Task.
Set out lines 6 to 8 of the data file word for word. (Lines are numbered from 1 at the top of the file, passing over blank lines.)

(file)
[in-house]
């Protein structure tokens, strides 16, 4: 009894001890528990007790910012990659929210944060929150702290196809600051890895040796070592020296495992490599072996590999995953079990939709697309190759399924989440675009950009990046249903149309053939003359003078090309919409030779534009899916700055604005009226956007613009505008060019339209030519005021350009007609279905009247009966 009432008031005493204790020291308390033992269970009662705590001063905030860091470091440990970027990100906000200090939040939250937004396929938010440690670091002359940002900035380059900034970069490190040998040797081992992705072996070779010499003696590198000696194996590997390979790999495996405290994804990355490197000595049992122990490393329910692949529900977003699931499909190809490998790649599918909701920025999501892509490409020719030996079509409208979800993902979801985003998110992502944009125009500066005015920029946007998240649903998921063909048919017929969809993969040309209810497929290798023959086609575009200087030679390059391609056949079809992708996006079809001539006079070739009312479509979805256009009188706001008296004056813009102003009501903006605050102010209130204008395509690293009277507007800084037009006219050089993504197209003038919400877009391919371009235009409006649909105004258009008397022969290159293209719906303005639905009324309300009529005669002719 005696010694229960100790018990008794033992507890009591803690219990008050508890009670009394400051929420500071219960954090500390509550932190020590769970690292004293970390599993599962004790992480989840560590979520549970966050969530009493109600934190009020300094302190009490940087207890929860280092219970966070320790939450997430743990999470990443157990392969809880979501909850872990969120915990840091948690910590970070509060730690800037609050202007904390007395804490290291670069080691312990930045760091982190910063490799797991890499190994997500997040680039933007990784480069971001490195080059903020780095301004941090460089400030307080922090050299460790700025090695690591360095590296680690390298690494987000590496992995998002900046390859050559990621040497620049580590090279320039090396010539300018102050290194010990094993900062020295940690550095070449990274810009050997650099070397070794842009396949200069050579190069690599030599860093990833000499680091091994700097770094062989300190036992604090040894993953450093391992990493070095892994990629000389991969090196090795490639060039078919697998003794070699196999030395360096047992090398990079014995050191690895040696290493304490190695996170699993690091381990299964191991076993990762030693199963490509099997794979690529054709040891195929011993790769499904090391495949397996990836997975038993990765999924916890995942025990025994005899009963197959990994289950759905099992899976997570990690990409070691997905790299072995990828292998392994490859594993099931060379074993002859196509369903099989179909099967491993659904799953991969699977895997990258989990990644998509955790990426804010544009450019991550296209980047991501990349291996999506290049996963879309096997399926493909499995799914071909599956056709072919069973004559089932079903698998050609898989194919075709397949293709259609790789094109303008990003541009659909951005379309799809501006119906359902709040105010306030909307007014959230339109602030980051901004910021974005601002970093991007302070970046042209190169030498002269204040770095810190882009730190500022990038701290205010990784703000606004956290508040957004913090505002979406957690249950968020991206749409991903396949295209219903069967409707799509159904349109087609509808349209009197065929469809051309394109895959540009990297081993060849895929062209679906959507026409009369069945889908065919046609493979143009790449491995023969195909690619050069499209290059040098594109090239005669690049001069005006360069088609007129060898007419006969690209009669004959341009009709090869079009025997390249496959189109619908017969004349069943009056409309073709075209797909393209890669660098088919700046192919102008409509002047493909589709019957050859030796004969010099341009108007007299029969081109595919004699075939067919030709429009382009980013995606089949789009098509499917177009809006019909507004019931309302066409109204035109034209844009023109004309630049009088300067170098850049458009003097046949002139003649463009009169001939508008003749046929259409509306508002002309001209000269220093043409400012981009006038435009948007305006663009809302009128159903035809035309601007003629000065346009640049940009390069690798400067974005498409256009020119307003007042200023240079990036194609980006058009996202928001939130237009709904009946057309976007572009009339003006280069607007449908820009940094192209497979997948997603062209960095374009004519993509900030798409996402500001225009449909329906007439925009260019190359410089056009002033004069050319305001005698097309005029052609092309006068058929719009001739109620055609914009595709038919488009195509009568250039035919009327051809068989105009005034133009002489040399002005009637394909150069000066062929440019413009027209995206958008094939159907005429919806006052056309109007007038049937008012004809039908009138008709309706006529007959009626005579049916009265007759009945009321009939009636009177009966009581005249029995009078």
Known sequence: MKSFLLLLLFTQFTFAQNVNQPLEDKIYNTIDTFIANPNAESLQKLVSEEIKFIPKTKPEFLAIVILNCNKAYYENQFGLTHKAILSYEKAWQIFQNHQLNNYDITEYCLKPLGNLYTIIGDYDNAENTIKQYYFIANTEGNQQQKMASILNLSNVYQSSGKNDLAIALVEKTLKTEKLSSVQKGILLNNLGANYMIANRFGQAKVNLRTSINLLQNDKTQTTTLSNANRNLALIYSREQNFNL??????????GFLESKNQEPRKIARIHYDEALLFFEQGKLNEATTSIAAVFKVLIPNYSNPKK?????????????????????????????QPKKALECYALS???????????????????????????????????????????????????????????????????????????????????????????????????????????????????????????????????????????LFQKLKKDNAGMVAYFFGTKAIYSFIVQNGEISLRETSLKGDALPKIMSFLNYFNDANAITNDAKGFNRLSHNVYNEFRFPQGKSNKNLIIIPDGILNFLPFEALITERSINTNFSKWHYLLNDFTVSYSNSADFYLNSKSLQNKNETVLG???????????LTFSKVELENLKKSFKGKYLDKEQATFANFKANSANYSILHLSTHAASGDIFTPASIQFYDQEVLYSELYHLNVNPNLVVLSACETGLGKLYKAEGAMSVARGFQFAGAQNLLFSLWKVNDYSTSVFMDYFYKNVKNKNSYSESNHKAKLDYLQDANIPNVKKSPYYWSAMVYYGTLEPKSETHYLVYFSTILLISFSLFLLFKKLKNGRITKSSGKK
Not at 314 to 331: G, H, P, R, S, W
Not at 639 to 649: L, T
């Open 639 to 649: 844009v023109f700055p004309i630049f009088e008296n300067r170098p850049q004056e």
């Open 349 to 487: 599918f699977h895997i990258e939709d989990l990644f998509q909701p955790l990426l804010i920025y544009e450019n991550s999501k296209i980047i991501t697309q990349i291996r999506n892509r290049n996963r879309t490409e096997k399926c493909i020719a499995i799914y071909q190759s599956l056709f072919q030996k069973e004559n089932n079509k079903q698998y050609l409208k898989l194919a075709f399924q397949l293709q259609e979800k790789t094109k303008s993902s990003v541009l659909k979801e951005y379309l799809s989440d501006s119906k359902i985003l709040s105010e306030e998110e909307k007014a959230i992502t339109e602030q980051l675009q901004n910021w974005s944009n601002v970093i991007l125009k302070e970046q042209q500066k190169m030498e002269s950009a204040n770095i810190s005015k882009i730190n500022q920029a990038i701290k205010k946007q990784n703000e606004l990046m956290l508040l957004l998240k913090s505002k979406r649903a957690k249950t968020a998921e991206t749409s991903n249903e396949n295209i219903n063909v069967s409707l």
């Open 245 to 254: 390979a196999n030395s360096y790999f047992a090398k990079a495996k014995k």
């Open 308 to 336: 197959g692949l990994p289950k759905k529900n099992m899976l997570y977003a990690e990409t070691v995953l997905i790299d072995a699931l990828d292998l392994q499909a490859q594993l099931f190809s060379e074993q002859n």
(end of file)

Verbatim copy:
């Open 639 to 649: 844009v023109f700055p004309i630049f009088e008296n300067r170098p850049q004056e």
């Open 349 to 487: 599918f699977h895997i990258e939709d989990l990644f998509q909701p955790l990426l804010i920025y544009e450019n991550s999501k296209i980047i991501t697309q990349i291996r999506n892509r290049n996963r879309t490409e096997k399926c493909i020719a499995i799914y071909q190759s599956l056709f072919q030996k069973e004559n089932n079509k079903q698998y050609l409208k898989l194919a075709f399924q397949l293709q259609e979800k790789t094109k303008s993902s990003v541009l659909k979801e951005y379309l799809s989440d501006s119906k359902i985003l709040s105010e306030e998110e909307k007014a959230i992502t339109e602030q980051l675009q901004n910021w974005s944009n601002v970093i991007l125009k302070e970046q042209q500066k190169m030498e002269s950009a204040n770095i810190s005015k882009i730190n500022q920029a990038i701290k205010k946007q990784n703000e606004l990046m956290l508040l957004l998240k913090s505002k979406r649903a957690k249950t968020a998921e991206t749409s991903n249903e396949n295209i219903n063909v069967s409707l």
């Open 245 to 254: 390979a196999n030395s360096y790999f047992a090398k990079a495996k014995k």